Farmers are being advised to inform Defra if their land was affected by flooding even though they are not currently eligible for compensation, land and property consultancy George F White has warned.
Currently, the Farming Recovery Fund is only available to those who were flooded in the December storms. However, vast areas of rural Northumberland suffered extensive damage during the first week in January.
Claire Bainbridge, a rural chartered surveyor at George F White, said: “The fund is available for damage caused by extreme circumstances and January’s flooding have not been listed as extreme, like December’s storms. We strongly disagree with this as for those businesses affected it is no less devastating, with long-term and possibly irreversible results.
“For example, we are currently working with one client who has lost more than 30 acres of land as the River Till has adjusted its course and made an island of a previously productive field.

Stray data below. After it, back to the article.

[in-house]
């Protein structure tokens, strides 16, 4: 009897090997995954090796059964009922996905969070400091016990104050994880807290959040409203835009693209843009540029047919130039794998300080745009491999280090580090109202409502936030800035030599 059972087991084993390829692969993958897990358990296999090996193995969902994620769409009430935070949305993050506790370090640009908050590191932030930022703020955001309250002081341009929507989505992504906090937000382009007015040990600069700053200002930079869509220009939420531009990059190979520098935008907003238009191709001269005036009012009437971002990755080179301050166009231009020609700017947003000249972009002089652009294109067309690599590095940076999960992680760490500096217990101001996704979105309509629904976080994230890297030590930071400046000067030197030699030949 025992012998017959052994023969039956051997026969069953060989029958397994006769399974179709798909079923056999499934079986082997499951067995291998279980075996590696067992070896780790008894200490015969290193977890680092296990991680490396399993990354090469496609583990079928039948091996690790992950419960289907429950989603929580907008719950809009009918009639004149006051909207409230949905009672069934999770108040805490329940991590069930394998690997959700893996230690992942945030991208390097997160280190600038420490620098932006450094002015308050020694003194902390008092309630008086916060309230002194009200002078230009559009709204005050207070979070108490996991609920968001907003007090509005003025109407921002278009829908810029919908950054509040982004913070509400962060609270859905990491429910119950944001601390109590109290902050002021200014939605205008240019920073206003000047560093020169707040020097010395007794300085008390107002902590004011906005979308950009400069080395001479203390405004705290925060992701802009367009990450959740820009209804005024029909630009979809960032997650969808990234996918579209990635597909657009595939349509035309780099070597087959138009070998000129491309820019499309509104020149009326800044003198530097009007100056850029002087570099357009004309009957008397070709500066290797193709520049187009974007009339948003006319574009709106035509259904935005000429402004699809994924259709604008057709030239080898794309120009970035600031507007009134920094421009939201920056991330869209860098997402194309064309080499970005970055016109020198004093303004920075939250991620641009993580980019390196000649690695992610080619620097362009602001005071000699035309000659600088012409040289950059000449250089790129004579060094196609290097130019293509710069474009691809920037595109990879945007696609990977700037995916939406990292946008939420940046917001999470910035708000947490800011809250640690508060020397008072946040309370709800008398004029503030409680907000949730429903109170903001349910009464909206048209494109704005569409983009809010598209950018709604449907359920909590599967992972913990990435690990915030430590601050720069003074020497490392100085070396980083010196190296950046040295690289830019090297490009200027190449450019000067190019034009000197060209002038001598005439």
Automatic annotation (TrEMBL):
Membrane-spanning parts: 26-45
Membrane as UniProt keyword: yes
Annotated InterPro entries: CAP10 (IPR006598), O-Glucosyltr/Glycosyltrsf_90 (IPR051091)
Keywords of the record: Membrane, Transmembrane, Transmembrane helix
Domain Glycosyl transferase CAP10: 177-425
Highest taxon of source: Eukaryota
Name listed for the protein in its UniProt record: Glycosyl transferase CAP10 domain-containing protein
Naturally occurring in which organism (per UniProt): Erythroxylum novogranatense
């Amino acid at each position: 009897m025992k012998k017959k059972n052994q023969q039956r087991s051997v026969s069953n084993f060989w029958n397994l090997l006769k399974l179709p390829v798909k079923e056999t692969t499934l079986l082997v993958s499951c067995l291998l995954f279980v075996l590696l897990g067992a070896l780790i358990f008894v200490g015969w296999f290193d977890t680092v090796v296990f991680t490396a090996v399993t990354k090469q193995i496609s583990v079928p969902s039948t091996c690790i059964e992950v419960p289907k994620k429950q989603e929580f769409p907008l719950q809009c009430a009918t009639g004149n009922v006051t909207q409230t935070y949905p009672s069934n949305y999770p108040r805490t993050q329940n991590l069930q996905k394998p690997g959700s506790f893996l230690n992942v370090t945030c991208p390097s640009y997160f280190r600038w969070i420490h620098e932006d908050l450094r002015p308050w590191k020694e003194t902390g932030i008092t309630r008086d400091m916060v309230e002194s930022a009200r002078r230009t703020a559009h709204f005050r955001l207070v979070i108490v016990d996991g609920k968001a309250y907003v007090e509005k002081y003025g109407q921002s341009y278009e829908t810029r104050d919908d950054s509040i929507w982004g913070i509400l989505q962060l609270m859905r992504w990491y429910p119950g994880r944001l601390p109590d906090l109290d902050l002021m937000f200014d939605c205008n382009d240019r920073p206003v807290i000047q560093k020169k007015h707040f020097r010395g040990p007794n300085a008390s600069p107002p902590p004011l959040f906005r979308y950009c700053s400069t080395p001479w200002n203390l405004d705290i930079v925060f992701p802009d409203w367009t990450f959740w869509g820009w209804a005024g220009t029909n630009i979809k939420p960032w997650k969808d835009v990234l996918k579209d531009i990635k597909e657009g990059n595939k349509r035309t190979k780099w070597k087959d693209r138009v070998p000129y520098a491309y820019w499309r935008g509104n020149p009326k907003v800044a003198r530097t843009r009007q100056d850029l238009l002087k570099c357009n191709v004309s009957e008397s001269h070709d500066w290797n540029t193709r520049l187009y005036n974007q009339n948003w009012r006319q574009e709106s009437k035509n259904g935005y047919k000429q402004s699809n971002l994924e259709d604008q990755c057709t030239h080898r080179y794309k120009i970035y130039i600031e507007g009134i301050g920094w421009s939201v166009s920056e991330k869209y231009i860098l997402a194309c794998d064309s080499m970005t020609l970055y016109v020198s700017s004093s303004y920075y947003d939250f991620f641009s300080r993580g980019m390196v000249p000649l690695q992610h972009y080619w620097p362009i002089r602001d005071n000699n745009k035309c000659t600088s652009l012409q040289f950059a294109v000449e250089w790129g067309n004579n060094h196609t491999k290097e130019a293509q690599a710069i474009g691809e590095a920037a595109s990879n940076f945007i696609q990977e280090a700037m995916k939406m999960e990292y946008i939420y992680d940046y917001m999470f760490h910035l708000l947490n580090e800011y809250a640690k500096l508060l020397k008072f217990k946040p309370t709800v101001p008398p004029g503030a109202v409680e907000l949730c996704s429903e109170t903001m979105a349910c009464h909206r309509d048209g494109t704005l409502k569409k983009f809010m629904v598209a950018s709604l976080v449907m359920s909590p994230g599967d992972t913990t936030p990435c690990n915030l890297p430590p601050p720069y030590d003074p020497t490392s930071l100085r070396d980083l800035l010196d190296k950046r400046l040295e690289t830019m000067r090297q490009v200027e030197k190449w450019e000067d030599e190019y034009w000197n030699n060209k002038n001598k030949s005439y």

“In fact, all along the River Till, many farmers are struggling with the loss of fences, stone walls and water gates as well as damaged crops and loss of grazing.
“The damage has been exacerbated by most of the land being protected as Sites of Special Scientific Interest.
“This means that those farmers will be unable to remedy any damage without consent.”
George F White is currently campaigning to get the damage caused in the January floods covered by the Farming Recovery Fund.
Ms Bainbridge added: “At the moment, it’s a chicken and egg situation; farmers are not applying for the fund as the dates do not cover the January storms, yet Defra will not know of the extent of the damage unless farmers report it.
“There is no guarantee that they will adjust the dates, however, it will be important to send in evidence of the damage to build a case for a potential date extension.”